New study shows the presence of universally effective antibodies in new coronary patients

There is no “magic cure” for the new coronavirus, but scientists have found more evidence that the human immune system can develop neutralizing antibodies that can block viral infections in cells. These antibodies can be used to develop treatments for COVID-19, including vaccines and monoclonal antibodies, which act like resusive plasma therapy. These “god drugs” are “trained” by the immune system to produce antibodies to any pathogen entering the body. Immune cells recognize foreign cells, label them, and destroy them. The resulting antibodies prevent the same infectious microorganisms from reinfecting human cells, which is why plasma therapy works.

Now, researchers from Rockefeller University have published a study detailing the presence of generally effective antibodies.

New study shows the presence of universally effective antibodies in new coronary patients

The researchers looked at 149 patients recovering from COVID-19 and found that not all of them produced the same type of immune response. Some people don’t even have the kind of strong neutralizing antibodies that suppress the virus, but they produce other types of antibodies. The good news is that many people produce strong neutralizing antibodies that bind to the S protein of COVID-19, an ingredient that allows the virus to enter human cells and replicate.

Patients showed symptoms on average within 12 days and were collected about 39 days after the onset of symptoms. The scientists then wrote a paper that included testing the collected plasma for the pseudo-SARS-CoV-2 virus and measuring the effectiveness of the antibodies. In 33% of cases, the level of medhesis was below the detectable level. This may mean that the patient has recovered from the infection before producing stronger antibodies. This also means that the plasma obtained from these donors will not be as effective for some patients as others.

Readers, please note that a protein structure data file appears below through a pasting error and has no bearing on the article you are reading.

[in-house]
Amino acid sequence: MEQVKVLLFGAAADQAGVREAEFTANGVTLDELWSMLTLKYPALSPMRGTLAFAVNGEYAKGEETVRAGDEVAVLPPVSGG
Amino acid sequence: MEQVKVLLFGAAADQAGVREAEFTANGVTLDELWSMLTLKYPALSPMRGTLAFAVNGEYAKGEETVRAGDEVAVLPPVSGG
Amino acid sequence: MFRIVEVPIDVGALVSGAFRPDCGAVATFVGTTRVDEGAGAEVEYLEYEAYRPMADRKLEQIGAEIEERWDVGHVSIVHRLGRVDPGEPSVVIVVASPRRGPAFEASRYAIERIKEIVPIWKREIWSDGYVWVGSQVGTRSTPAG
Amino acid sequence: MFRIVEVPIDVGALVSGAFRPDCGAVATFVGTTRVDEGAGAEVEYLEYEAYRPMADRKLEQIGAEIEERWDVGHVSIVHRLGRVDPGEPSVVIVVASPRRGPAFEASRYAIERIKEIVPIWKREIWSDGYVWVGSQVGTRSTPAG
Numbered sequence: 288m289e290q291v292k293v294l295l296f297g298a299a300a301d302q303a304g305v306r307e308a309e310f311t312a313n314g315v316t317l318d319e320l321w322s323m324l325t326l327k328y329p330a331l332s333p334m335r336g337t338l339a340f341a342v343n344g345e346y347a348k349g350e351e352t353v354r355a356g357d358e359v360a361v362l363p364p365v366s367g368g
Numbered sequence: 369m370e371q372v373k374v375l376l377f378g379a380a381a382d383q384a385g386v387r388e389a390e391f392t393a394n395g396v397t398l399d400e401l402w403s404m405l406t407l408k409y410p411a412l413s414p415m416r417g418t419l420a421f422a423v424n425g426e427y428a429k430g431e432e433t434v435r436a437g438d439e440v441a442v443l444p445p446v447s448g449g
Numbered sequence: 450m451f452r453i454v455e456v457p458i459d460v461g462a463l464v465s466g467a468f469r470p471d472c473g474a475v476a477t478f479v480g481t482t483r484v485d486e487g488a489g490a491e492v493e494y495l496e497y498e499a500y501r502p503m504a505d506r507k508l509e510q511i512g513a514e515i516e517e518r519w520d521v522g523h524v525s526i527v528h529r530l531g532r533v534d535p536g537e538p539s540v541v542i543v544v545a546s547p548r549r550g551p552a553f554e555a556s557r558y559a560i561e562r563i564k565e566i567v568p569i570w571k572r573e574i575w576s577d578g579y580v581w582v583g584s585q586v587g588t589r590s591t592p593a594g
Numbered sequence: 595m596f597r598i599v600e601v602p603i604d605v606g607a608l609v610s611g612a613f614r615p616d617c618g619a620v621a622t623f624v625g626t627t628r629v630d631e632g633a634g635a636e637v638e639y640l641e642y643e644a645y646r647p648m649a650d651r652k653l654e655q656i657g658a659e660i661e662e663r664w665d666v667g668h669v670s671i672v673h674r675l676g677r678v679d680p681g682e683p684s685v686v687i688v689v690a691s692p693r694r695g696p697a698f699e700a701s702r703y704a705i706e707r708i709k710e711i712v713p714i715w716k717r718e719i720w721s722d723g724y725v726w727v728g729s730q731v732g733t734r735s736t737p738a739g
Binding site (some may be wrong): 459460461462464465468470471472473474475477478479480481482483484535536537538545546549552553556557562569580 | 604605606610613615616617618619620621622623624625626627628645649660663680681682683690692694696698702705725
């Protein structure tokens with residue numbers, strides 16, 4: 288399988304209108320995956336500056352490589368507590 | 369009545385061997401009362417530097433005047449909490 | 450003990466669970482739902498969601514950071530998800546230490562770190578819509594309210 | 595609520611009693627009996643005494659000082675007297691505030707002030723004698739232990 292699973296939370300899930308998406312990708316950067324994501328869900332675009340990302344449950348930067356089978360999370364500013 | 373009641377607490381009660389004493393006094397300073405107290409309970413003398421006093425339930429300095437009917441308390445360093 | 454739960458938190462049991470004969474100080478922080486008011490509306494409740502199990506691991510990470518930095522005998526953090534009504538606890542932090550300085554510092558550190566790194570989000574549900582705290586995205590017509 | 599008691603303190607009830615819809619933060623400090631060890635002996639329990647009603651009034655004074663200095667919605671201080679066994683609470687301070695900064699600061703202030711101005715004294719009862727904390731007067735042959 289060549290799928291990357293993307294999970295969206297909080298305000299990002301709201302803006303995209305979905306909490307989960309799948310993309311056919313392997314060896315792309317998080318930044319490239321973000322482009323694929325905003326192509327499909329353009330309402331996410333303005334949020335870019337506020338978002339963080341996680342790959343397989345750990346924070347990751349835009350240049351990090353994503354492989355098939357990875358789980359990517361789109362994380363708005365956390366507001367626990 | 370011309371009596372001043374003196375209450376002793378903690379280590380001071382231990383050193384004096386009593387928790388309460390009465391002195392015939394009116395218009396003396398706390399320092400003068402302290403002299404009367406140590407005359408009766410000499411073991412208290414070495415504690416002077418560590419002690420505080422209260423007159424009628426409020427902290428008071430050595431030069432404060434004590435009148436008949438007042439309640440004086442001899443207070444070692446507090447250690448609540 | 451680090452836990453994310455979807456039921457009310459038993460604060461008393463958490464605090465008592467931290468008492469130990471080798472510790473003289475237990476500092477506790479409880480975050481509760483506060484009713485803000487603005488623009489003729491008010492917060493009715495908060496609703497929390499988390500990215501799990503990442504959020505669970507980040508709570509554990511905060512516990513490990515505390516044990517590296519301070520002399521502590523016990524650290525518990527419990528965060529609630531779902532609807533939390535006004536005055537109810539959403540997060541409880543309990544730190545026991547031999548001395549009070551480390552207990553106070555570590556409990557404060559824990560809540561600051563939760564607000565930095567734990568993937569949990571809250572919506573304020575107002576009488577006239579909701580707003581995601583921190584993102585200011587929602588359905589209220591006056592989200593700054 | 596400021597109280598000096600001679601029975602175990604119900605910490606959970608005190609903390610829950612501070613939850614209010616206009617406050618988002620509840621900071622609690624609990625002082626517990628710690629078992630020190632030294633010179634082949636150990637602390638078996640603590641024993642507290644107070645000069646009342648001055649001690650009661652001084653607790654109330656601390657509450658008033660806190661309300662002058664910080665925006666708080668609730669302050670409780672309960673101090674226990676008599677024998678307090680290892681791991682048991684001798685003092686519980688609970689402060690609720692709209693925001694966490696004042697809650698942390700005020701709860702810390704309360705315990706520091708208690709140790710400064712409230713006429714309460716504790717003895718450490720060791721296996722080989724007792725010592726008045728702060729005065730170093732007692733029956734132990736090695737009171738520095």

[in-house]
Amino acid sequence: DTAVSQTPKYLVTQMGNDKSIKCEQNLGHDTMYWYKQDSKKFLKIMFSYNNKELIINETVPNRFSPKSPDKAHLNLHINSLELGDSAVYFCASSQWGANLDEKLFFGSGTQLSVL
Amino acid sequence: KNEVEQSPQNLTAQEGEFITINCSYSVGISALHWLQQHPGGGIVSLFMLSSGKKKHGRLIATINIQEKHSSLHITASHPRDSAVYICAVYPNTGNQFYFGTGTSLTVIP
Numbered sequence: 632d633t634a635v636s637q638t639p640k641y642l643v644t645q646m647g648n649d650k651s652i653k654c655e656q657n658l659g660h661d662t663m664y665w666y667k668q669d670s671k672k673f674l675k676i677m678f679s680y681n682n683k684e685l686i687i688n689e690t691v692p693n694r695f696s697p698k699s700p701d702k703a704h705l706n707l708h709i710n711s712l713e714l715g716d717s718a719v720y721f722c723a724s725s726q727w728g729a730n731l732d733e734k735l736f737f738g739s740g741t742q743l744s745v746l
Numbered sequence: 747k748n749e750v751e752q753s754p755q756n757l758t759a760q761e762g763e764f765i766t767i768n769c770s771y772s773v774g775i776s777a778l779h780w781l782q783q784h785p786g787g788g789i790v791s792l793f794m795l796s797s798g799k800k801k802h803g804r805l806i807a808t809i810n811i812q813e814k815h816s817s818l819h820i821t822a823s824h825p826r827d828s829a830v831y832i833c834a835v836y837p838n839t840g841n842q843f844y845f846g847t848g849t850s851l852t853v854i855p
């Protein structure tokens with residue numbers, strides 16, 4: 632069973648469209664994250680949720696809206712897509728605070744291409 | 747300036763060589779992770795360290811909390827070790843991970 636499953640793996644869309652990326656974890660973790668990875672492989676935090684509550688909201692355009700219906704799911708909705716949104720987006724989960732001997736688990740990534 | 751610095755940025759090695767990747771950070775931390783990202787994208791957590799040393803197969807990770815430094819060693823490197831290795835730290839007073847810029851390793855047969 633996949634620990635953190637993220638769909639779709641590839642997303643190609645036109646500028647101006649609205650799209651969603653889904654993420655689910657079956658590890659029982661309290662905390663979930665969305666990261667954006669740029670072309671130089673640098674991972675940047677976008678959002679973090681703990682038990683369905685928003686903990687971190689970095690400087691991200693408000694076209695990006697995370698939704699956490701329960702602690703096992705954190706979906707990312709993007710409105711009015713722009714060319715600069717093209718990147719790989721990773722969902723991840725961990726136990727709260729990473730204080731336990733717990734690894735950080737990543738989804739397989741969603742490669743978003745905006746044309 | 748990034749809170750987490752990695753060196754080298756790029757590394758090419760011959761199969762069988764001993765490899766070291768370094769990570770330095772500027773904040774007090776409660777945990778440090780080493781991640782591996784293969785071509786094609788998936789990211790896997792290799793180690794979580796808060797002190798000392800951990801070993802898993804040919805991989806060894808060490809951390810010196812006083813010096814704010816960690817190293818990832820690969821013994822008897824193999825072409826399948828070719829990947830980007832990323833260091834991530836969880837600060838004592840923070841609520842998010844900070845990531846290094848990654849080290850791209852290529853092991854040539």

Most of the samples showed “moderate neutrality and activity,’ indicating a weaker antibody response, the researchers said. Even so, these patients were able to survive and improve after COVID-19 infection. “A closer look reveals that everyone’s immune system produces effective antibodies — just not necessarily enough antibodies,” the researchers explained in a statement.

“It shows that almost everyone can do this, which is very good news for vaccines,” said Michel C. Nussenzweig, director of the Rockefeller Molecular Immunology Laboratory. “This means that if you can make a vaccine that induces these special antibodies, it’s probably effective, and it works for a lot of people.” “

About 1% of donors have amazing neutralizing antibodies. The team identified 40 antibodies that neutralise the virus, including three unique antibodies that bind to the S protein, which can be further developed into therapeutic and preventive drugs. Even low-dose antibodies are very effective, and the same antibodies have been found in more than one donor.

“We now know what an effective antibody looks like, and we found similar antibodies in more than one person,” said researcher Davide F. Robbiani. “This is important information for those who are designing and testing vaccines. If they see that their vaccine can cause these antibodies, they know they are heading in the right direction. “

The study was published in the form of an unreviewed version of bioRxiv, but was consistent with similar work by other scientists. While some people are working on vaccines that can prevent SARS-CoV-2 infection, several companies are testing monoclonal antibody drugs that can be used to treat COVID-19 patients and eliminate the virus. Such drugs can also provide people with temporary immunity, as long as the antibodies circulate in the blood, because antibodies effectively “patrol” the body to find the virus, can provide people with temporary immunity.